|David Ortiz in his younger, smaller days.|
Ortiz is now an "Editor at Large" for Derek Jeter's Players' Tribune, and has "written" an article denying that he ever used PEDs.
An aside: I kind of find Jeter calling these athletes writing for his site "editors" and "bureau chiefs" a little weird. Players' Tribune contributor Mets pitcher Matt Harvey revealed in New York Magazine that he has business cards from the venture that say "NEW YORK BUREAU CHIEF." Really? Is Matt going to be assigning stories in the locker room, too? Marking up Juan Lagares' copy with a red pencil? Puh-lease.
Look, I make it a point of never saying "we" when it comes to the Yankees, because I ain't playing. So for athletes to be given such lofty titles for their contributions here would be like calling me a right fielder because I got stuck at that position in fifth grade gym glass.
Anyhow, I have a long memory when it comes to David Ortiz's PED denials. Plus, I wrote a lot on the issue back in 2009, when it was revealed that he tested positive in 2003. Anyhow, let's review Ortiz's claims in this article and see if they add up:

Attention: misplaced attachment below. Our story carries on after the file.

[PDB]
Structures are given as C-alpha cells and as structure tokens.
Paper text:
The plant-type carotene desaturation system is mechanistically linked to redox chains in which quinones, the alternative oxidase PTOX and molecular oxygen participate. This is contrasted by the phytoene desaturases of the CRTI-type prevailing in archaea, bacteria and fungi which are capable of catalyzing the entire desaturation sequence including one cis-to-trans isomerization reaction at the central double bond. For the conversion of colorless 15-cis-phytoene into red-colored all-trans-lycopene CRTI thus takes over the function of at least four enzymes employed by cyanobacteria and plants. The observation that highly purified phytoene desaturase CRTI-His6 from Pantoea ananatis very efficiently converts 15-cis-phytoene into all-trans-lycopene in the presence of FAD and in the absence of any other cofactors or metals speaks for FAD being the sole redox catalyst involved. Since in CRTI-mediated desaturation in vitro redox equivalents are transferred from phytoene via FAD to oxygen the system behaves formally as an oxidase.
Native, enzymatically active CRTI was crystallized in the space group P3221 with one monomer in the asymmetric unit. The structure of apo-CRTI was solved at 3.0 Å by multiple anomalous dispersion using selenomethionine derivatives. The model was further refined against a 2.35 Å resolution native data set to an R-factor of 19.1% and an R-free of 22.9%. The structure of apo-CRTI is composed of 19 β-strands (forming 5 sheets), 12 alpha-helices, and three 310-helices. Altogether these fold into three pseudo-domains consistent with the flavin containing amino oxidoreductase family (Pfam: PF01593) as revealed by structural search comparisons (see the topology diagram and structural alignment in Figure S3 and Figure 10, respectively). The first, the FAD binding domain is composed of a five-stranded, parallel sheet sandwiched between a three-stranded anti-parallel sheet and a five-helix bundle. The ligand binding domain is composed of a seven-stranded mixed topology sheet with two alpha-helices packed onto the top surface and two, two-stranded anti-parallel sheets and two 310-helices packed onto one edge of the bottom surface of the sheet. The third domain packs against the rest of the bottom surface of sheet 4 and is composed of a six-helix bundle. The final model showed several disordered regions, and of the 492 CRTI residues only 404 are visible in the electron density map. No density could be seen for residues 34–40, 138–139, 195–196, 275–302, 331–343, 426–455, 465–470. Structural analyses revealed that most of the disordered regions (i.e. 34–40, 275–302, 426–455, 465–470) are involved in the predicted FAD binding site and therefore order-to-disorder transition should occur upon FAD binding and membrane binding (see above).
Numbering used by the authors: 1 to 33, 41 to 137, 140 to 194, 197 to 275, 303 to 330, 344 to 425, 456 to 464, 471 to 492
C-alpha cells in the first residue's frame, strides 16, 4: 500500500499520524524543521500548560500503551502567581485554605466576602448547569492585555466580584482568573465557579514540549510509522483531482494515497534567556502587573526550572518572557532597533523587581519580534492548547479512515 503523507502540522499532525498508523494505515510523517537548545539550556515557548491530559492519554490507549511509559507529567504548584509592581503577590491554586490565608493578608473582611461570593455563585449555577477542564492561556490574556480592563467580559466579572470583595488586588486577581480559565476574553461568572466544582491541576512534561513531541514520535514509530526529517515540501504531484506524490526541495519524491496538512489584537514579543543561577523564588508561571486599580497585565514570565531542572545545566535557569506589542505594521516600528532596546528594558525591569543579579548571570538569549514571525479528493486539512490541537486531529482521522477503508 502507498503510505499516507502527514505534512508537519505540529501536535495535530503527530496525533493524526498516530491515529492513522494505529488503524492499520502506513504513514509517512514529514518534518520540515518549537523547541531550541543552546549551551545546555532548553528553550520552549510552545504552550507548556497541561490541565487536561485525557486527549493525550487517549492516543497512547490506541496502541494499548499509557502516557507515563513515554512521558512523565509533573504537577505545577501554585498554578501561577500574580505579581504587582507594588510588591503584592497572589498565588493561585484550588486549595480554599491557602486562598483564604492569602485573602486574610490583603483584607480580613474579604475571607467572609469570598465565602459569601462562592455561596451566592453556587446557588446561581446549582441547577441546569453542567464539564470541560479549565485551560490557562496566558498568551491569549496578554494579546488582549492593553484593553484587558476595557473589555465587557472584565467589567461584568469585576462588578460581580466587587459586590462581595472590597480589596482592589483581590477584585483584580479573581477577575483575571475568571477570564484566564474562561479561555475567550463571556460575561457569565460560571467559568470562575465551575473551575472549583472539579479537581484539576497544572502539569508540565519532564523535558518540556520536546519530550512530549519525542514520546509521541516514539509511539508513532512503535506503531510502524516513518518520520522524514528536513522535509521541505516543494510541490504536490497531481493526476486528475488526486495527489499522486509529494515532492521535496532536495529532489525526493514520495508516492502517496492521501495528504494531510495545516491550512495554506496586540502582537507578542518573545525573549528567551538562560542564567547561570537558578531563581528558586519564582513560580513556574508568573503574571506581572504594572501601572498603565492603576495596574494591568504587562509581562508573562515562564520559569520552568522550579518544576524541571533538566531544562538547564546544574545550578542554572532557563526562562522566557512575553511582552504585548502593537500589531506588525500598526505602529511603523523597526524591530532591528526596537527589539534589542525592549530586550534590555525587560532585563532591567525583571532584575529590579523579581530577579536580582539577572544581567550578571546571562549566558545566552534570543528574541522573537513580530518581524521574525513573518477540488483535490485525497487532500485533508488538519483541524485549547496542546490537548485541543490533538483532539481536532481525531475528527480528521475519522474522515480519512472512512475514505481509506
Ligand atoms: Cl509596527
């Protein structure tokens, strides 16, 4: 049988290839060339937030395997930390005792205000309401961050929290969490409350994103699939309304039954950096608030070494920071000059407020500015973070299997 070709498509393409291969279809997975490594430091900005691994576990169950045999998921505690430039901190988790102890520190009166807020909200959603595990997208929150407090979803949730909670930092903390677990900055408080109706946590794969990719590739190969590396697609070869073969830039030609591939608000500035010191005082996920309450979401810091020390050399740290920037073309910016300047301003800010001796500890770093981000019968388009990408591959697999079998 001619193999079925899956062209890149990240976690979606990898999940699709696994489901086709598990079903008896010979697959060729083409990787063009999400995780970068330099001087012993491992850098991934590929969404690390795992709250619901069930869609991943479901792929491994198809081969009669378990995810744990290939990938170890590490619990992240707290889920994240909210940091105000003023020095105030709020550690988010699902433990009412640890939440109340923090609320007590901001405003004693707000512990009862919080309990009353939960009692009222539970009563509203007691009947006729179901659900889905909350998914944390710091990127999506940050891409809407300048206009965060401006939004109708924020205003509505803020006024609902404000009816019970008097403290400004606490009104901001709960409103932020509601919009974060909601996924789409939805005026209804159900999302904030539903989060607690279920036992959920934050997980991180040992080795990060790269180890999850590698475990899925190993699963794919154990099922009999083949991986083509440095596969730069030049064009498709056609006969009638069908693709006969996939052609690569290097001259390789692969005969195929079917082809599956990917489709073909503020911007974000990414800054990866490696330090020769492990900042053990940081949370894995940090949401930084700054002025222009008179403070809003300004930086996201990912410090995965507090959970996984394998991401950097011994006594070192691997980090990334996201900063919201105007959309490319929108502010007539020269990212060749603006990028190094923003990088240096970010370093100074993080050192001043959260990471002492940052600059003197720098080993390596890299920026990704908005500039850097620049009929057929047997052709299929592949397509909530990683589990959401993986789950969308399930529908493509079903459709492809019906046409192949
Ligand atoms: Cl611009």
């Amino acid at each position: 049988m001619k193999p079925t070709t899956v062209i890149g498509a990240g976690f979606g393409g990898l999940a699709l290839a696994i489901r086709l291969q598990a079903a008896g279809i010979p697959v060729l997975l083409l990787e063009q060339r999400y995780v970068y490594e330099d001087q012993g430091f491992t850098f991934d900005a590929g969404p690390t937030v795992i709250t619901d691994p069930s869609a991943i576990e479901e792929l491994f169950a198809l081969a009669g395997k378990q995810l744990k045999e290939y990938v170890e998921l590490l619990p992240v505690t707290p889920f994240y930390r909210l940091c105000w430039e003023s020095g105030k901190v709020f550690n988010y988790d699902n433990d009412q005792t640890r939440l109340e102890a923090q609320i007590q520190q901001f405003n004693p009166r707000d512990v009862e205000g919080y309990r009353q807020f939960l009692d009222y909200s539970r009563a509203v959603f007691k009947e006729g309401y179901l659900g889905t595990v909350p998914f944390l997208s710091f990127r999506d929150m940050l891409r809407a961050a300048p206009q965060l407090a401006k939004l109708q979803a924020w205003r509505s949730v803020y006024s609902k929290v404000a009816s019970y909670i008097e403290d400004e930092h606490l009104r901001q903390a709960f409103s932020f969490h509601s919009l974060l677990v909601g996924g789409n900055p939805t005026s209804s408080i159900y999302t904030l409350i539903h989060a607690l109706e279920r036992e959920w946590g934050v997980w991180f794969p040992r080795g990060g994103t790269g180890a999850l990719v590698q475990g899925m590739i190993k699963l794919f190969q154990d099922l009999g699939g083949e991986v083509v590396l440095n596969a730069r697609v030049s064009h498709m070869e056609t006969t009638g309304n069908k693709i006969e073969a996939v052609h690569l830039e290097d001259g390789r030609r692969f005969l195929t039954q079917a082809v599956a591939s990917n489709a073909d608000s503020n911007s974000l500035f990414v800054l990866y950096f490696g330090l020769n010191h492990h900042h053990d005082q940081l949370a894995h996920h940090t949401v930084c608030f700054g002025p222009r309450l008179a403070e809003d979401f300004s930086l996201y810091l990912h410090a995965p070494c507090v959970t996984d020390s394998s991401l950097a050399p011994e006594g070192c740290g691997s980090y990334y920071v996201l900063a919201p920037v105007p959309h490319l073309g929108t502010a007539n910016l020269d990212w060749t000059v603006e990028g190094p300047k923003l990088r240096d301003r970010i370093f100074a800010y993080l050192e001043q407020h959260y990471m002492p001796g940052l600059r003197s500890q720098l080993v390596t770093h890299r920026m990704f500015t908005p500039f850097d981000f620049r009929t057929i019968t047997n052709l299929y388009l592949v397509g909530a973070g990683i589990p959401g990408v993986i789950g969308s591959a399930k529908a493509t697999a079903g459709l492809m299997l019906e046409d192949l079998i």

Ortiz starts his piece with a dramatic story of American drug testers showing up at his home at 7:30 in the morning in the Dominican Republic with "pee cups and big needles." He claims he has been tested "more than 80 times" for PEDs since 2004, and also says he has been tested "ten times a season" this whole time. His math doesn't add up in multiple ways (10x a year since 2004 is 110 times, not 80) and also because in 2009, he claimed he was tested "15 times" by MLB since 2003.
Incidentally, in the article I referenced above, ESPN claimed that in addition to everyone getting tested during the spring, there are only 350 random urine tests and 140 random blood tests done during each season, which, if those numbers are correct, would only cover a fraction of the 1200 players tested under the system. But we are supposed to believe that only Ortiz had been tested this many times? Really? C'mon now.
He also says, "I have never failed a single one of those tests and I never will." I say, "Neither did Alex Rodriguez and most of the players named in the Biogenesis scandal." (A-Rod reportedly told the feds he passed because he used midstream urine. If that actually works, then these tests are pretty meaningless!)
Ortiz then sez: "Some people still look at me like I’m a cheater because my name was on a list of players who got flagged for PEDs in 2003." (I want to put on my "Bette Davis in 'What Ever Happened to Baby Jane" voice to say, "But ya are, Blanche!")
Anyhow, after how talking about how much physical pain ballplayers are in (which I'm sure they are, but PEDs aren't painkillers!) Ortiz uses the "GNC" defense on his positive test, saying that in the early 2000s: